Reuters Soccer Blog
World Soccer views and news
THE OPTIMIST (Elena Moya)
Spain’s chances of beating Italy and reaching the Euro 2008 semi-finals are better than ever.
‘This time is different’ is the line that is repeated tournament after tournament, just before the team inevitably falls in the quarter-finals. But on this occasion it really is different, and here’s why.
1) Spain’s inferiority complex - based on four centuries of Inquisition, a fallen empire and a dictatorship that only finished thirty years ago - is evaporating. A winning mentality has been fostered by players like Fernando Torres and Cesc Fabregas.
2) They have traditionally been unlucky in tournaments, losing in penalty shootouts a few times including in England in 1996 against the hosts. This time, late match-winning goals by David Villa and Daniel Guiza have shown Spain can also be lucky.
3) Being lucky has given Spanish players confidence that last-minute turnarounds can actually happen in their favour. Spain’s tragic history – in football and in politics – is not inevitable. That’s what the players are now beginning to believe.
When Spain’s coach Luis Aragones decided to leave Real Madrid striker Raul out of his squad for Euro 2008 some thought he would live to regret his decision.
However, Valencia striker David Villa has stolen the headlines at the tournament after a cooly taken hat-trick in Spain’s opening 4-1 victory over Group D rivals Russia and an excellent stoppage-time goal in Saturday’s 2-1 win over Sweden.
When the Spain squad for Euro 2008 was announced all the talk in the Madrid media was about the absence of “El siete de España” — Raul. Luis Aragones, they said, would regret leaving out the former national team captain and all-time top scorer.
But David Villa has made light of the supposed burden of inheriting the number seven shirt and laid the debate to rest in the space of four days with his hat-trick against Russia and superb stoppage time winner against Sweden.
Total football is everywhere these days, in newspaper headlines and pub conversations. A few exciting performances from attack-minded teams at Euro 2008 and we’re back in the 1970s. Endless guitar solos, long greasy hair and flying Dutchmen.
On one side, you have the likes of Portugal, the Dutch or Spain, a bunch of daring young artists delighting football romantics with their wizardry. On the other side are the usual suspects, Italy and France, ageing cynics boring everybody with their cast-iron back fours and tireless holding midfielders.
The Bundesliga gets a bad rap at times. German clubs have for the most part failed to reach the latter stages of the Champions League in recent years, matches can sometimes seem to move in slow-motion and the officiating can be uneven or even downright scandalous (see Hoyzer, Robert).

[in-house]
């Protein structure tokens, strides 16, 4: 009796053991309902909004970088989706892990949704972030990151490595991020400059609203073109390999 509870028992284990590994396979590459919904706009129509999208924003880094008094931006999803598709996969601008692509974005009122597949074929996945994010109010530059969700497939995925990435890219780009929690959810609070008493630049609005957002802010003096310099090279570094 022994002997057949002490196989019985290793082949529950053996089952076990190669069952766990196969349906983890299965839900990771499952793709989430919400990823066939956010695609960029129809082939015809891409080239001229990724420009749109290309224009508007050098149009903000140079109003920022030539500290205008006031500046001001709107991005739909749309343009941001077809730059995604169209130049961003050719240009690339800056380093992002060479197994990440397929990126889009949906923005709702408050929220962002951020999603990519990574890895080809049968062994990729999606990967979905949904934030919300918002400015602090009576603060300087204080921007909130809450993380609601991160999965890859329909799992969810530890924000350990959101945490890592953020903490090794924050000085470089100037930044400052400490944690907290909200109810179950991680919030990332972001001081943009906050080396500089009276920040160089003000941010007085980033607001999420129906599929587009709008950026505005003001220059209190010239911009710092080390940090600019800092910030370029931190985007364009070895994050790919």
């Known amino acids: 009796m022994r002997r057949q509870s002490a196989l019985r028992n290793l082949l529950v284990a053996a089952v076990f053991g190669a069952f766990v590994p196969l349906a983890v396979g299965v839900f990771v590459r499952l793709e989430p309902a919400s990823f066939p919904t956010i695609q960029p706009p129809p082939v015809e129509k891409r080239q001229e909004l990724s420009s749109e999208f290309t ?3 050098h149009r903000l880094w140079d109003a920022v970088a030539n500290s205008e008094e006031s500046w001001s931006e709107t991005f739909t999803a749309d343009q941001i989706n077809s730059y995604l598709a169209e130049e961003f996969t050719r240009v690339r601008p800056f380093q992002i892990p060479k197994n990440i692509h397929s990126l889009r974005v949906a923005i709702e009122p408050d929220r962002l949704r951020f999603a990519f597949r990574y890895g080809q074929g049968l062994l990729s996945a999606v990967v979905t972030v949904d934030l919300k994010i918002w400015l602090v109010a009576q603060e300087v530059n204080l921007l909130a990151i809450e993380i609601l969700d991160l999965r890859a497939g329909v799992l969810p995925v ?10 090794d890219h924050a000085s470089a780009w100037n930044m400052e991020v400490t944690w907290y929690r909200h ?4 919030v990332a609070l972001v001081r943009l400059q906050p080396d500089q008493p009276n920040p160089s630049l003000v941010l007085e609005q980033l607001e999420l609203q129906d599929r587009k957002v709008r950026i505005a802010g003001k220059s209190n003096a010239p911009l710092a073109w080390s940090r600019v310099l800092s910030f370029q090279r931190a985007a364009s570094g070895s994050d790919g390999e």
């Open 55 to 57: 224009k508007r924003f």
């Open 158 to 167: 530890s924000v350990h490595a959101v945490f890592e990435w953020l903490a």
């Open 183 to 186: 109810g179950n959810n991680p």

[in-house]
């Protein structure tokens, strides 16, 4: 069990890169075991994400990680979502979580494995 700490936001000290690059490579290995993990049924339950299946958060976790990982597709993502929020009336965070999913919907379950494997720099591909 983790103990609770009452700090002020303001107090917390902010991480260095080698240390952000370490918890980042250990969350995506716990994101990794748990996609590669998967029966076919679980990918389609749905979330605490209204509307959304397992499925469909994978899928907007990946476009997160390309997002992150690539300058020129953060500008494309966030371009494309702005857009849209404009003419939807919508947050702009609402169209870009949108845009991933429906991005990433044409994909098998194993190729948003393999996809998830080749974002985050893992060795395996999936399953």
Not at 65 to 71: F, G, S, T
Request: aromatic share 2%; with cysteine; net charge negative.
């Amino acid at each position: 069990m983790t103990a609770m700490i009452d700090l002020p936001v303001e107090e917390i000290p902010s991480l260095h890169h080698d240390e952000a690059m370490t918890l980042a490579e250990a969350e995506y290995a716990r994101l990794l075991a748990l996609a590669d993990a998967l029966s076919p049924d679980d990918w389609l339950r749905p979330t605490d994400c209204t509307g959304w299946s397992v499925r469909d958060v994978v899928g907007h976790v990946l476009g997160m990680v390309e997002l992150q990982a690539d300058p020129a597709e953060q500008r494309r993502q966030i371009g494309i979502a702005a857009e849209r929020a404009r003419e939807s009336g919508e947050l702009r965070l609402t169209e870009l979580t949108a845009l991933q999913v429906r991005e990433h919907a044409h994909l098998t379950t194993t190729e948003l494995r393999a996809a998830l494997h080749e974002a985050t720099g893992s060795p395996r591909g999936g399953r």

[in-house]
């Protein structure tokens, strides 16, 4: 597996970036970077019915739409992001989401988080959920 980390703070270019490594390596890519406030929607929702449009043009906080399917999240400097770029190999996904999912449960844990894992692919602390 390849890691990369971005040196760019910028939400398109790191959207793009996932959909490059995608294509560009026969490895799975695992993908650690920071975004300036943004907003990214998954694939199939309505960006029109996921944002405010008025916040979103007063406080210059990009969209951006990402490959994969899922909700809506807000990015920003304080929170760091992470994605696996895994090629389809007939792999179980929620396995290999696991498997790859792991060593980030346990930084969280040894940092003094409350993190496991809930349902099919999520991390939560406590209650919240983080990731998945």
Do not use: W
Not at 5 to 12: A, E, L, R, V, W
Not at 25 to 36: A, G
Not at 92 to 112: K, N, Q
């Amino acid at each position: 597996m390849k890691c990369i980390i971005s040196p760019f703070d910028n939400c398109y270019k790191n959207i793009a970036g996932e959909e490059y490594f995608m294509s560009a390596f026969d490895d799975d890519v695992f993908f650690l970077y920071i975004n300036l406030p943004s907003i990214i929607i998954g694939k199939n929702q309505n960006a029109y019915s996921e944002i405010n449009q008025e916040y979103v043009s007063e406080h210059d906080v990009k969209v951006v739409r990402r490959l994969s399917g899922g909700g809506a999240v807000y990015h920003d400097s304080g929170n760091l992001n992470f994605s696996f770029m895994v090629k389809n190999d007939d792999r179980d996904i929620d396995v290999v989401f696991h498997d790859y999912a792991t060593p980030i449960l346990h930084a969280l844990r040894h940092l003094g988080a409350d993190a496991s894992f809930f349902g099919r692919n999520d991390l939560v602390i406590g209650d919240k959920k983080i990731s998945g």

But despite all that, Bundesliga players have been sparkling in Euro 2008. And with players from the German league on 15 of the 16 teams no league is more widely represented.
There have been players from the German domestic league in the starting line-ups of almost all the teams that have played of the tournament. Only Spain have no Bundesliga players in their squad.
I’m a bit worried about Spain. I’m not talking about the credit crunch, rising unemployment and the end of the housing boom here, I’m talking about their chances at Euro 2008.
When the draw took place last year, the Spanish press were celebrating that la selección had avoided the European big guns, but as the tournament has drawn near it has dawned on many that making the last 16 may not be such an easy task.
Click on the video above to see just a few of our correspondents here in Austria and Switzerland giving their views on what to expect at Euro 2008.
At the end of the video we give our predictions on who’s going to win and we’d like you to follow suit. Feel free to upload your own video views somewhere (if you send us the link and we like what we see, we’ll showcase it here) or just let us know who you think is going to win in the comments below.
AC Milan midfielder Clarence Seedorf has pulled out of the provisional Dutch squad for Euro 2008 after falling out with coach Marco van Basten.
That got me thinking about other top players who won’t be in Austria and Switzerland in June. Mark van Bommel said a while back he wouldn’t play for Holland under Van Basten but Ruud van Nistelrooy is back after patching things up with the coach.
Typically Sunday’s 1-0 win over Deportivo Coruna came with the usual dose of nail-biting, wincing and stomach churning that have made the Calderon such a stressful place to be in recent seasons.
After a second consecutive season without any silverware — and a humiliating 4-1 drubbing by arch-rivals by Real Madrid into the bargain – Barcelona have tried to stem the rising tide of criticism of the club by announcing that former club captain Pep Guardiola is to take charge of the team at the end of the season.
It’s quite a gamble.
Over the past two seasons, Jose Mourinho, Arsene Wenger, Marco van Basten, Juande Ramos and Ernesto Valverde have all been mentioned as possible replacements for Rijkaard, but the club have rejected the tried and tested contenders and gone for old boy Guardiola, whose coaching experience amounts to nothing more than a single season in charge of the club’s reserve team Barça B.